After voting, a voter can elect to remain, so long as he does so peacefully and he does not disrupt the process. After every voter on the queue has voted, the Presiding Officer shall declare the voting closed. The ballots shall be sorted out according to the parties/candidates contesting by the poll officials. They shall then be counted in the full glare of voters and party agents. The results shall be inputted into the result sheets, the Form EC8A and the Form 60E. A tear off of each result sheet, which original copy shall be signed by the Poll Official and Party Agents, shall be given to each of the Agents and the Security Agents, usually the Police who are the lead Security Agency, for their record.  The Form EC8A shall be scanned using the BVAS device. The list of accredited voters shall also be scanned. Both shall be transmitted electronically to the Commission. The Form 60E, known as the Poster Form,  on account of its size, shall be pasted at the PU for all to view. The Form EC8A and the list of accredited voters shall further be uploaded on the INEC Results Viewing Portal(IReV). Interested Nigerians can log onto this portal and view, real time, the outcome of the elections at each of the PUs across the country. By putting together all these results, one can determine the votes scored by each candidate.In addition to the electronic transmission at the PU, the results shall go through rigorous manual Collation at the Ward, Local Government and State levels(for the presidential election). What is key is that all the candidates shall be represented by their agents up to the Presidential Collation stage. The notion is to maintain a paper trail and to ensure that all the results collated(at the various stages) bear fidelity to the ones transmitted. The fact that the results are transmitted and collated in the full glare of eagle-eyed Agents, Observers and Journalists confers integrity and transparency to the process. Their vigilance also makes it impossible to manipulate the process or to whimsically change the results.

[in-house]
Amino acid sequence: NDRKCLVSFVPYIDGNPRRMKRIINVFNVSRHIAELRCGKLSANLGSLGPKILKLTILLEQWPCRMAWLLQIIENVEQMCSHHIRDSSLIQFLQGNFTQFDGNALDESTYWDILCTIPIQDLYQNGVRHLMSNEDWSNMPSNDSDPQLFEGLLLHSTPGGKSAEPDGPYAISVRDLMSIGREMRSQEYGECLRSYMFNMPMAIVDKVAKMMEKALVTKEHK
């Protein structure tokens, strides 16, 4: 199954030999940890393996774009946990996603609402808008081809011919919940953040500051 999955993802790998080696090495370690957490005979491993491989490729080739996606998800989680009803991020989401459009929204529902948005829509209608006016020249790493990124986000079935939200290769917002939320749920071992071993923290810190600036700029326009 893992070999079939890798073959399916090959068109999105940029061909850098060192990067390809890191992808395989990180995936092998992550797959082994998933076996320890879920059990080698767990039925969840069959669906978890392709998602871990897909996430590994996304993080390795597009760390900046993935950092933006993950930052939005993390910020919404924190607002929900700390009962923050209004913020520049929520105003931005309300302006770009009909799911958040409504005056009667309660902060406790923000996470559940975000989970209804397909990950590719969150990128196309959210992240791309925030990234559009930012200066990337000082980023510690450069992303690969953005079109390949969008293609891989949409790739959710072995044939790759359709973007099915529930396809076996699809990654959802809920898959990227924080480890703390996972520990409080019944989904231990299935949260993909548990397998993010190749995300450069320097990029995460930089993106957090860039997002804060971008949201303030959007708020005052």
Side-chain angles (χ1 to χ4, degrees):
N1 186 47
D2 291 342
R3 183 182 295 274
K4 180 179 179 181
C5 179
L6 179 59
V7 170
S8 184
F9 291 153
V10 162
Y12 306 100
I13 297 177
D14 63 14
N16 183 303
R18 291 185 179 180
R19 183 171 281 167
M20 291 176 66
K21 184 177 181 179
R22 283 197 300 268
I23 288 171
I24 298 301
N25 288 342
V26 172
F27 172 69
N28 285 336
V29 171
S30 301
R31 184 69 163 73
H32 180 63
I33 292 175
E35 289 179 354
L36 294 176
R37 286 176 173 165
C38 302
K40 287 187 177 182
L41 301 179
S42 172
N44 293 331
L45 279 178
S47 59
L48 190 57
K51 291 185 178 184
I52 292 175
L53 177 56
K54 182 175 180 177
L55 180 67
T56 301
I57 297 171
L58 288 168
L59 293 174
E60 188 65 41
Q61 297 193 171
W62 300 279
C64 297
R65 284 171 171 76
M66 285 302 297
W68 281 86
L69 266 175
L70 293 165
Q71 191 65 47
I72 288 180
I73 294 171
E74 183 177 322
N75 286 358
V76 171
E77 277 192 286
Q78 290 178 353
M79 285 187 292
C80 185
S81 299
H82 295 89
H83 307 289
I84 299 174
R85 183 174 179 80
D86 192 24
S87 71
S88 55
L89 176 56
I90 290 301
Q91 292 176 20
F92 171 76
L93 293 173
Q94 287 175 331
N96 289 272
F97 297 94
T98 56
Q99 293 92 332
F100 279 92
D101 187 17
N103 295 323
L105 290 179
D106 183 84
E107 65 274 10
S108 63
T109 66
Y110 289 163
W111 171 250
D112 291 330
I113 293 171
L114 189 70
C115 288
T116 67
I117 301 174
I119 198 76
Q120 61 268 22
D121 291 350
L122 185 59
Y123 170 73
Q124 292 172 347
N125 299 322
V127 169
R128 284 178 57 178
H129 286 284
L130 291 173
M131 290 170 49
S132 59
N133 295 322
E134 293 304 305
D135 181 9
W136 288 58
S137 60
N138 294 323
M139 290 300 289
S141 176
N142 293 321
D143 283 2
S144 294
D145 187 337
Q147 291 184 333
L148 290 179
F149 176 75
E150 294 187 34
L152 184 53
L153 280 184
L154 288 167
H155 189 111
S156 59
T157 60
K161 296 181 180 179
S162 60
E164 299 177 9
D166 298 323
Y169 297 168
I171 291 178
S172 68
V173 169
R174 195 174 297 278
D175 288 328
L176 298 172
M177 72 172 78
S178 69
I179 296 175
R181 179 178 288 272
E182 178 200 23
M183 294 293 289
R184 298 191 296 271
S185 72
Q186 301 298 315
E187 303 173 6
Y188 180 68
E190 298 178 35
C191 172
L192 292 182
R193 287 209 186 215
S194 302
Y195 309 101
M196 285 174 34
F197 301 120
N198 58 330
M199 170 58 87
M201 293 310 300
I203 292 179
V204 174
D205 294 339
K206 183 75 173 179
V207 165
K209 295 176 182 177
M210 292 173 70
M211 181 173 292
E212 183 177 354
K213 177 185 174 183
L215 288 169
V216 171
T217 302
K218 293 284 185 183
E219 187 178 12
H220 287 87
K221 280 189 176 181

At the level of the Commission, the conduct of the elections shall be monitored through its Situation Room and Collation Centre. Apart from the army of staff deployed to conduct the elections, thousands of Supervisors will be deployed at the Ward, Local Government and State levels. The remit of these Supervisors is to report and escalate, timeously, any untoward event(s) to the Situation Room for further and immediate remedy. The Supervisors also serve as Monitors. And in their capacity as Monitors, they can intervene and correct the process if there are lapses or challenges. In addition to the Supervisors, there are not less than 1,000 Registration Area Technical Support Staff(RATECHS) whose duty is to troubleshoot any glitches that might arise in the use of the BVAS devices.
On Election Day, the Situation Room and the Collation Centre are commanded by the INEC Chairman who is assisted by National Commissioners, Directors and Technical Staff. Reports in the field are received and attended to through the Commission’s Election Monitoring and Support Centre(EMSC), Electoral Operations Support Centre (EOSC) and the Inec Citizens Contact Centre(ICCC). The Commission’s social media handles(; Twitter:@inecnigeria; and telephone lines(070-CALL-INEC(0700-2255-4632 etc) are open to Nigerians to send in complaints which are then responded to, real time, by a team of dedicated and ICT-savvy Staff.